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Famous artist Isamu Noguchi has Astoria roots

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In conjunction with the Greater Astoria Historical Society, TimesLedger Newspapers presents noteworthy events in the borough’s history.

Critically-acclaimed sculptor, designer and architect Isamu Noguchi was born in Los Angeles, Calif., on Nov. 17, 1904.

He was the illegitimate son of Japanese poet Yone Noguchi and American writer Leonie Gilmour. His sculptures, furniture, lighting and architecture are a subtle yet bold blend of traditional and modern design, influenced by his upbringing in America and Japan and his world travels.

His iconic Noguchi table remains in production today and visitors from around the globe come to Long Island City to visit The Noguchi Museum, located across the street from the studio where he lived and worked from 1961 until his death in 1988.

Noguchi’s half-sister is famed dancer Ailes Gilmour. As a toddler, Noguchi’s father called for Gilmour and their son to come live with him in Japan. Upon arrival, however, they learned that Yone had married another woman.

The future sculptor led a relatively lonely childhood with a largely absent father. At the age of 8, however, Noguchi’s mother had a house and put her son in charge of the garden to nurture his budding artistic abilities. In 1918, Noguchi returned to America to attend high school in Indiana, going by the name of Sam Gilmour.

As a pre-med student at Columbia University, the young Isamu met other prominent members of the Japanese community in New York, including scientist Hideyo Noguchi and dancer Michio Ito, both of whom encouraged the student to pursue his artistic gifts.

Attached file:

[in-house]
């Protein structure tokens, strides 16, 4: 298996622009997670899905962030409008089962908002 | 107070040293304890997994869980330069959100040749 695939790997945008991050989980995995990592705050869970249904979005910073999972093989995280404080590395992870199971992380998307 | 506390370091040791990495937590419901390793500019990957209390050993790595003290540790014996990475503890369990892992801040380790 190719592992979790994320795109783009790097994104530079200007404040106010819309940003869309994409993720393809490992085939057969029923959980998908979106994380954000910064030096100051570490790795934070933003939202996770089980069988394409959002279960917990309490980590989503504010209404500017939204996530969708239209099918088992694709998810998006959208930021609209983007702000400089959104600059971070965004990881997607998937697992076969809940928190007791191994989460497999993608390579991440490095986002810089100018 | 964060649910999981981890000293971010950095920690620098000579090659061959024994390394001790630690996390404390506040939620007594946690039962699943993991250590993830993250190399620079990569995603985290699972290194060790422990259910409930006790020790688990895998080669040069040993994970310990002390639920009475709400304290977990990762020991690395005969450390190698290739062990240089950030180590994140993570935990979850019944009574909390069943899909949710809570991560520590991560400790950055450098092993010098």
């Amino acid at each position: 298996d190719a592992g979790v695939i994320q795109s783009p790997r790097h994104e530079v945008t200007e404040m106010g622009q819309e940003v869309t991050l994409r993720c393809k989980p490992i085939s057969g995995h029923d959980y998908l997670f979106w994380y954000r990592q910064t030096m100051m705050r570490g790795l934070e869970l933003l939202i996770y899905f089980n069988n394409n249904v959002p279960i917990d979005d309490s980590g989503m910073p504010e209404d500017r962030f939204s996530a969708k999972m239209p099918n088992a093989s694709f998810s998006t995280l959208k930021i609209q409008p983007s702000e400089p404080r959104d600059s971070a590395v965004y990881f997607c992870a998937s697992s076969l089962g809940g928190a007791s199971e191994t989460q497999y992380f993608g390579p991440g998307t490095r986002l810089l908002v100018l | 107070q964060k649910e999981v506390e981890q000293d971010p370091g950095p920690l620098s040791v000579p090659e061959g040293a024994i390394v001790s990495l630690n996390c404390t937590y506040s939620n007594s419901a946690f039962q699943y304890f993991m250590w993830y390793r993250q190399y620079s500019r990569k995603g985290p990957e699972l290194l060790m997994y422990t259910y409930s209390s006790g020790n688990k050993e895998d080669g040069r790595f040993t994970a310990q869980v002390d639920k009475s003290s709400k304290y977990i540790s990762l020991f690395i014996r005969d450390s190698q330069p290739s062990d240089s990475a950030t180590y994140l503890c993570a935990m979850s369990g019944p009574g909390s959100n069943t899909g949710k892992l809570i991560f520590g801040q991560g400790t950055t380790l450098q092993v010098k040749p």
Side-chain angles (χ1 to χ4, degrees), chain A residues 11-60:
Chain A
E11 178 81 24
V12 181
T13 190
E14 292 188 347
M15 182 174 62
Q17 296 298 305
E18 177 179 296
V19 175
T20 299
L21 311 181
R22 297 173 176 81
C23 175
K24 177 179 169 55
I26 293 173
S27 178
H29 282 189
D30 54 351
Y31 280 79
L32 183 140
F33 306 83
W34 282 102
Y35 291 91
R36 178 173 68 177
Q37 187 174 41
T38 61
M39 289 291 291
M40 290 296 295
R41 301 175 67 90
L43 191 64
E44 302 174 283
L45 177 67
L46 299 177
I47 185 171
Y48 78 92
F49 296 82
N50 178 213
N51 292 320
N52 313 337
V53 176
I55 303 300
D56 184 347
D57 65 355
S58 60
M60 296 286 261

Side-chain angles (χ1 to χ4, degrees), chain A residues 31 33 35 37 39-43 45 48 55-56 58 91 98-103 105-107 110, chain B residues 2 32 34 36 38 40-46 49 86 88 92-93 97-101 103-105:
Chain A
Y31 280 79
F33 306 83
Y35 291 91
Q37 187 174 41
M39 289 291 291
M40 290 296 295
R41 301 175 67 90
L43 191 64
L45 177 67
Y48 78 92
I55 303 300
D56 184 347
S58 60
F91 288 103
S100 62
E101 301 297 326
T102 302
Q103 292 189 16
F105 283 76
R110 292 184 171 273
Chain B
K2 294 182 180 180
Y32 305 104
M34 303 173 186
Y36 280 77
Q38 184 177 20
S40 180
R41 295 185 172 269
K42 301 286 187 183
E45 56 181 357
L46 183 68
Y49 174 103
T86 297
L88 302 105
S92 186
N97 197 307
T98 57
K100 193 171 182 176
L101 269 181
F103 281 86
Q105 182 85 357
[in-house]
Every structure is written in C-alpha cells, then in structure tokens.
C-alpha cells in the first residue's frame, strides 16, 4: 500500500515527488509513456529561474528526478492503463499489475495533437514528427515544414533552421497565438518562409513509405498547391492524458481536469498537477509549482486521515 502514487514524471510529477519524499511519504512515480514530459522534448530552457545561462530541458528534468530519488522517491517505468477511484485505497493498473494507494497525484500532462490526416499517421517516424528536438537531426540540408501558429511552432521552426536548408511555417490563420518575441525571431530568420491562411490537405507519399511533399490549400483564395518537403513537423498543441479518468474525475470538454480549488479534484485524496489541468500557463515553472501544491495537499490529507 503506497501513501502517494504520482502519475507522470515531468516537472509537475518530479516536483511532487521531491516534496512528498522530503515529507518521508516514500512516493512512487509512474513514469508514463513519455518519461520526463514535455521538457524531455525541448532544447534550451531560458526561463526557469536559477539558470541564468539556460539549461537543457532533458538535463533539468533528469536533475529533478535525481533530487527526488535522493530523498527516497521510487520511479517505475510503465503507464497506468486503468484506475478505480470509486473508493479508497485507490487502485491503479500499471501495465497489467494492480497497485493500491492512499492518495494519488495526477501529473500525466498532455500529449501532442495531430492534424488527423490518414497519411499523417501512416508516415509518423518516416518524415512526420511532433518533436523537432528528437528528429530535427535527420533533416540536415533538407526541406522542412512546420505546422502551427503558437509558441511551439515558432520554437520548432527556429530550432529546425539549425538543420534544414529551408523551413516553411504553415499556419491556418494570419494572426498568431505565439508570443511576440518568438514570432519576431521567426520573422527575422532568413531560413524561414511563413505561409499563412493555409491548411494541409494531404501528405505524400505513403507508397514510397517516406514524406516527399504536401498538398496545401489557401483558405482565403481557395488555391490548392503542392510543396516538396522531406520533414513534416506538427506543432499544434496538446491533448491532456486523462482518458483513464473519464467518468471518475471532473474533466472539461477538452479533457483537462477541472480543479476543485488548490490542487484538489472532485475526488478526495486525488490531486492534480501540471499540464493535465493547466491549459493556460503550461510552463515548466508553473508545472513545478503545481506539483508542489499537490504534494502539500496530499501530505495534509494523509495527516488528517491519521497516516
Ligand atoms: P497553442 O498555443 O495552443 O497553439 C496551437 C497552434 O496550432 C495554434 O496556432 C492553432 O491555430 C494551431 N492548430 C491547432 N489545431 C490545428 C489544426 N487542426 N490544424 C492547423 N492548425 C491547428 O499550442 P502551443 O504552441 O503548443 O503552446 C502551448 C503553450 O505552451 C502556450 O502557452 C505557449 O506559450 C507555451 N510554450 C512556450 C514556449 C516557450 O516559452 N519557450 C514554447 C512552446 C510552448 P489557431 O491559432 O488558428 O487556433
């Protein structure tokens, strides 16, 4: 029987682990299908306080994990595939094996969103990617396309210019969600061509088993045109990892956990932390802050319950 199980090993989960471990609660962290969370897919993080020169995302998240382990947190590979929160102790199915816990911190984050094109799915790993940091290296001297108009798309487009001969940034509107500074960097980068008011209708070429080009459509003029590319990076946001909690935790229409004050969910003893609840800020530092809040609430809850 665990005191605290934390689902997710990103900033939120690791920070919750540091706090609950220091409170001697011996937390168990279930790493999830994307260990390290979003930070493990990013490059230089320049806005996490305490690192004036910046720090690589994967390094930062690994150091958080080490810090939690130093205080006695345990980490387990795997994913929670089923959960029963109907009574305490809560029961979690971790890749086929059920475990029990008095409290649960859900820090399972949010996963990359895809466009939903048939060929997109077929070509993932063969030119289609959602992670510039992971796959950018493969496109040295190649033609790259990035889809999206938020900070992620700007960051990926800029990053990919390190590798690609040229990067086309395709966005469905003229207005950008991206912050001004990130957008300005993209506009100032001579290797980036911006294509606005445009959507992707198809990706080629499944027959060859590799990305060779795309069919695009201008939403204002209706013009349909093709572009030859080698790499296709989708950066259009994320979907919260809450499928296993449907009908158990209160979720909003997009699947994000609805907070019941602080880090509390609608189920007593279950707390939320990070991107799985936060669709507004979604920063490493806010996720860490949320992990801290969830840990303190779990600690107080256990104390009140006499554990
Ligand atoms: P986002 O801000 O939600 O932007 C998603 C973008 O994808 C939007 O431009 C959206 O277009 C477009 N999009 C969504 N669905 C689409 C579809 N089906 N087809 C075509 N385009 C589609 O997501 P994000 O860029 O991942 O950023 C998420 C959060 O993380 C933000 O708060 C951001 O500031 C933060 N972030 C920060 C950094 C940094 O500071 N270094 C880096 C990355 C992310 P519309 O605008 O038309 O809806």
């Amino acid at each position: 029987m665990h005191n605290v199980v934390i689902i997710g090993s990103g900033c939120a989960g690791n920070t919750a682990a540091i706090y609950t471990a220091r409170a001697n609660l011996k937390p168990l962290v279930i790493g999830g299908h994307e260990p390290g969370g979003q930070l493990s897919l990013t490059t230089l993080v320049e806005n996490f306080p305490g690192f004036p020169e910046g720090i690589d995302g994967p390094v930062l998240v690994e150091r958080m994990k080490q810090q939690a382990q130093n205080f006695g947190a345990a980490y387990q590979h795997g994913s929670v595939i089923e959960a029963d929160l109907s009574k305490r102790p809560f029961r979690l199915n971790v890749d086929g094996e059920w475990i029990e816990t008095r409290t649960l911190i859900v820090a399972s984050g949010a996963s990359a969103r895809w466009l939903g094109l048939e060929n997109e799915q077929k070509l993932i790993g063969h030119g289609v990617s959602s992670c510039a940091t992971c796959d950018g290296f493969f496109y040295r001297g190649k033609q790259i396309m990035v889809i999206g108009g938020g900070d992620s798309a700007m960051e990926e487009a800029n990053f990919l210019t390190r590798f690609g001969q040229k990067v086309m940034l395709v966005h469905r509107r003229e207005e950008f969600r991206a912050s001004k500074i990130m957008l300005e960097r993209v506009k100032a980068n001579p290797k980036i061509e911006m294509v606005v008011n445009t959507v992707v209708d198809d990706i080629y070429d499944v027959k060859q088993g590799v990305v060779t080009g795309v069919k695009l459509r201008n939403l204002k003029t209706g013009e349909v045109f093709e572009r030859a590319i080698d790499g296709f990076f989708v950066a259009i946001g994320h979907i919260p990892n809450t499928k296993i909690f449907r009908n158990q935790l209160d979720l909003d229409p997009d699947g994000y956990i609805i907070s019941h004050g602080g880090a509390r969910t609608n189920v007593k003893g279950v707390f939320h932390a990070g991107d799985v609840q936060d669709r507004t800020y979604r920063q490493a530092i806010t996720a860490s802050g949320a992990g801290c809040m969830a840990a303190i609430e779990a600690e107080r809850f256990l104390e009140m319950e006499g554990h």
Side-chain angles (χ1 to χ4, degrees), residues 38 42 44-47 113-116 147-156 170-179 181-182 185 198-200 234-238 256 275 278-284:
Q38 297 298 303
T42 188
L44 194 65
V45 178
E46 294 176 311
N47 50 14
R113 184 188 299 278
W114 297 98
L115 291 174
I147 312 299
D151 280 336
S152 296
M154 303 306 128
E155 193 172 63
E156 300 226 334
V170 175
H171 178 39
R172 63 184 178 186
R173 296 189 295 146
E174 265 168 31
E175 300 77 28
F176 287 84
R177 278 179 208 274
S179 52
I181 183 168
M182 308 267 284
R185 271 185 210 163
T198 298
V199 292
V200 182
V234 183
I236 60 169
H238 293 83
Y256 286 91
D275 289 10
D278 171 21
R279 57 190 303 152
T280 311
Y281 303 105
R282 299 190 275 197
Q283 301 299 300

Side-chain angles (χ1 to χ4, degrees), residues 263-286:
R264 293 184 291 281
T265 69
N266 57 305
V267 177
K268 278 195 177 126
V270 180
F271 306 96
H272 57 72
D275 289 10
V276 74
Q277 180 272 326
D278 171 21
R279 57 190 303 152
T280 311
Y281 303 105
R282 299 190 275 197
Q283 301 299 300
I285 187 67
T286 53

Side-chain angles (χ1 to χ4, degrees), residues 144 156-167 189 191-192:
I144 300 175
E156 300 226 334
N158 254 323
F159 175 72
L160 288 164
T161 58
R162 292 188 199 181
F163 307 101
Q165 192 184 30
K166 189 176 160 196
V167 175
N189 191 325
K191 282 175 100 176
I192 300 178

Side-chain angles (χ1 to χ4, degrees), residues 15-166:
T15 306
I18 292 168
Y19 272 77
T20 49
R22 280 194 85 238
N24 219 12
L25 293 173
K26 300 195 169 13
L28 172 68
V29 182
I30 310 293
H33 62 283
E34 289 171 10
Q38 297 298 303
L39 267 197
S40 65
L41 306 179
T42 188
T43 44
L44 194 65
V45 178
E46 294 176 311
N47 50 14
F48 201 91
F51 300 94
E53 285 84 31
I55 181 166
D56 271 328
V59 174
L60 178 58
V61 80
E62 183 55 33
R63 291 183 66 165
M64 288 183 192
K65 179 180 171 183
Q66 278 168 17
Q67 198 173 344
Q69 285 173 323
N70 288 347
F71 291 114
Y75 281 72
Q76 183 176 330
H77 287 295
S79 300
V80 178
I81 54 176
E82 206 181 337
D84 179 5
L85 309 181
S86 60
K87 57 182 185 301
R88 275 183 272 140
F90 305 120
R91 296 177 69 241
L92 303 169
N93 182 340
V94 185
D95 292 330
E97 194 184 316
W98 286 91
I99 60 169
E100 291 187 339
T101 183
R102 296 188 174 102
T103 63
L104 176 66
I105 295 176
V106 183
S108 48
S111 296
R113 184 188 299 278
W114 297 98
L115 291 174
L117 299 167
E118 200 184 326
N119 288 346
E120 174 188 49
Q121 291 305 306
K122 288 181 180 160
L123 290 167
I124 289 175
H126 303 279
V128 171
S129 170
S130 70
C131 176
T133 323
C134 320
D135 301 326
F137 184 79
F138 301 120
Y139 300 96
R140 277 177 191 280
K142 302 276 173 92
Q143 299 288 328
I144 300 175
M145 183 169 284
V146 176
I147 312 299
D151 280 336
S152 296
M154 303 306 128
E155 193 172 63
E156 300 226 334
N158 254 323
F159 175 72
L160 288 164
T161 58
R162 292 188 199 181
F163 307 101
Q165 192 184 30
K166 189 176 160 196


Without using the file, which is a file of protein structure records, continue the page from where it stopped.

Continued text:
Noguchi began studying sculpture and eventually left Columbia. Around this time, he held his first exhibition of plaster and terracotta sculptures and moved into his own studio. In 1926, he received a Guggenheim fellowship which enabled him to travel the world studying art and exhibiting his work.

Noguchi returned to New York in the Depression years of the 1930s and struggled to find buyers for his artwork. The globetrotting sculptor then traveled to Mexico City, where he designed his first public work, a mural titled “History as Seen from Mexico” in 1936. Around this time, he had a brief romantic affair with Mexican artist Frida Kahlo.

Returning to New York the following year, Noguchi designed the original baby monitor, called the Zenith Radio Nurse. In the late 1930s, his sculptures were displayed at the 1939 World’s Fair and at Rockefeller Center.

With the outbreak of World War II, the politically conscious artist campaigned against the internment of his fellow Japanese-Americans and he became the only voluntary internee at the Poston internment camp in Arizona. Although he hoped to improve the camp by designing parks and recreational areas, he met with little success and found he had nothing in common with the other prisoners.

Back in New York City, Noguchi built a studio in Greenwich Village and made a name for himself on the art scene with his surrealist sculptures and modernist style furniture including his Noguchi table. In the ensuing years, he rose to prominence as his works in stone and other media were exhibited worldwide.

Isamu Noguchi, who as a boy was told by his first art teacher that “he’d never be a sculptor,” was elected to the American Academy of Arts and Letters in 1962, the American Academy of Arts and Sciences nine years later and was awarded the National Medal of Arts in 1987 in recognition of a lifetime of cultural contributions.

Perhaps due to his own multicultural background, Noguchi’s work ranged from the abstract to the realistic, and used media including wood, clay, paper and stone that was cut, carved, casted, chiseled and dynamited.

“To limit yourself to a particular style may make you an expert of that particular viewpoint or school, but I do not wish to belong to any school,” he said. “I am always learning, always discovering.”

For more information, contact the Greater Astoria Historical Society at (718) 278-0700 or visit www.astorialic.org.

Posted 12:00 am, November 18, 2018
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